HH: This view is rooted in an old notion of what “school” is. There is a danger that the school will influence the music. But it’s not a one-way street: we musicians also change the school. And the social contact that band projects make possible, the infrastructure—things like those are advantages of a schoollike institution. And another thing: in 1969, a famous graduate of our institution refused to accept the Beethoven Ring when he was chosen to receive it. That was Friedrich Gulda. The point he was trying to make is that this institution fails to perceive the lion’s share of music on our planet. And it’s this conviction—that pop, jazz, and the whole world of popular music are significant expressions of culture—that originally set everything here in motion. We don’t see why an institution like ours shouldn’t also deal with these musical styles. And by now, that view’s been more or less generally accepted.

Harald Huber
Harald Huber ©Stephan Polzer

What does ipop mean to you, personally?

PS: For me, it’s a big part of my life. I always like coming here, and when I leave, I think: how great it is, being here and working here.

WP: I’ve learned an awful lot, here. For a long time, I’d been focussed more on my work as an artist. But working here has helped to anchor me. I’ve been able to see the fertile soil that culture grows from to begin with—that’s thanks to the communication with the students and my colleagues. And I’ve also learned lots of new things and thrown out some false concepts.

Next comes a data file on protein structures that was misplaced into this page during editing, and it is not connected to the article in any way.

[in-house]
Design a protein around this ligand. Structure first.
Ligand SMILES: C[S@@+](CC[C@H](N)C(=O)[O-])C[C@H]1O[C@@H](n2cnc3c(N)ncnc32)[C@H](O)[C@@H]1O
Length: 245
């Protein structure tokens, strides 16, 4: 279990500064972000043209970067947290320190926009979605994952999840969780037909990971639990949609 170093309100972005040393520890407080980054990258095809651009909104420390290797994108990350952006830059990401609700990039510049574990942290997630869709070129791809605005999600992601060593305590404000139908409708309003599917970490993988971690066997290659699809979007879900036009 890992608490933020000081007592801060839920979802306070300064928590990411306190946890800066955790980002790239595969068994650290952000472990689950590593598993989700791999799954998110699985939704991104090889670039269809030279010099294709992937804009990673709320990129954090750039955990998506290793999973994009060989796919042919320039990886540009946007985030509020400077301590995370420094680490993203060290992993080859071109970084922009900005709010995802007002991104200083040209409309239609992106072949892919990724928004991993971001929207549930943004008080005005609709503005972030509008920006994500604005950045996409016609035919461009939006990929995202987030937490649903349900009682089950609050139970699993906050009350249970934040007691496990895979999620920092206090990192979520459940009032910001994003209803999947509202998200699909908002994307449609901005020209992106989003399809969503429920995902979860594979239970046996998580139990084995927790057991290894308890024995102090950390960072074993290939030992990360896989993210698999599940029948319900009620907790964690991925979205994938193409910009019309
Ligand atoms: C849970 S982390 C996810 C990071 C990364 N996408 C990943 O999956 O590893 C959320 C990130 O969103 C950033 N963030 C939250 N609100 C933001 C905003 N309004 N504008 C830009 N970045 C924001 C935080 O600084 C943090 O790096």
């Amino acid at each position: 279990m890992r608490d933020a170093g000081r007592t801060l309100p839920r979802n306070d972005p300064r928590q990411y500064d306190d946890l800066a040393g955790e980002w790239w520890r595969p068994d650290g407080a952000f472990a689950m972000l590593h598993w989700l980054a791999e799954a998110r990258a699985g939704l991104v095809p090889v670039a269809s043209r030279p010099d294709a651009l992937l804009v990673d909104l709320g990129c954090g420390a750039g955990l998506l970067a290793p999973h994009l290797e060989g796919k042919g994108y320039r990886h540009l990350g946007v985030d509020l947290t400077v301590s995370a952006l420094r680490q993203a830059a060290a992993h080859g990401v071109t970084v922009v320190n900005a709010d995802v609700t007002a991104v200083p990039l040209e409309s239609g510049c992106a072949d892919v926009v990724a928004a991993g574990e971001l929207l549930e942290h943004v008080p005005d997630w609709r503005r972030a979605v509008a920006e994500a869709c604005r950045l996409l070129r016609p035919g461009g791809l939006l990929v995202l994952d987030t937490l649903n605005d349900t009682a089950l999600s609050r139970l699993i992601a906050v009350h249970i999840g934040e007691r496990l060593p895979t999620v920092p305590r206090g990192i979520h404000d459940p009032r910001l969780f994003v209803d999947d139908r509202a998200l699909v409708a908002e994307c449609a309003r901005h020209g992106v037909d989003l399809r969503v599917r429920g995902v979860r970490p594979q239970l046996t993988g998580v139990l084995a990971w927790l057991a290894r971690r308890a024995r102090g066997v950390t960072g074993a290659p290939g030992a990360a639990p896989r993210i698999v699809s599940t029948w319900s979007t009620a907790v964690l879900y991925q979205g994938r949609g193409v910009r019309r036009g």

HH: For me, ipop is a matter of the heart, a life’s project. I’ve been involved since the 1970s, back then as a student rep. And gradually building all this up, developing curricula, formally founding the department in 2002, and setting up the new team in 2009—that really is something special. By way of comparison, just look at the Academy of Music curricula from the late 1970s: nothing. And today: a great department, 44 instructors, and a huge number of courses.

Where do you see ipop in 10 years? How could, should, must it change in order to remain relevant? And is there anything you’re worried about?

PS: We have so many plans and so much work ahead of us—and I’m very much looking forward to it all. There’ll be a performance degree and, of course, a rejuvenated team, new teachers and maybe even new forms of teaching.

WP: None of us will cling to our positions. We know how important it is for the apparatus to get younger. And I hope that this spirit takes root and helps make ipop even better.

HH: I hope that, for one thing, this artistic curriculum exists by then. I also hope that we’ll still have the IGP [instrumental and voice education] programme. That the department continues to be present in doctoral studies. That we actually see a new generation come to the fore. And that the department can make a contribution to how Vienna functions as a musical melting pot. It should become a creative hotspot. And in ten years, I’d also like to see even more women here. I’ll have retired by then—but I’ll keep following things from the outside.

  • Find out more about the ipop in the current department magazine “Kollektion” (in German).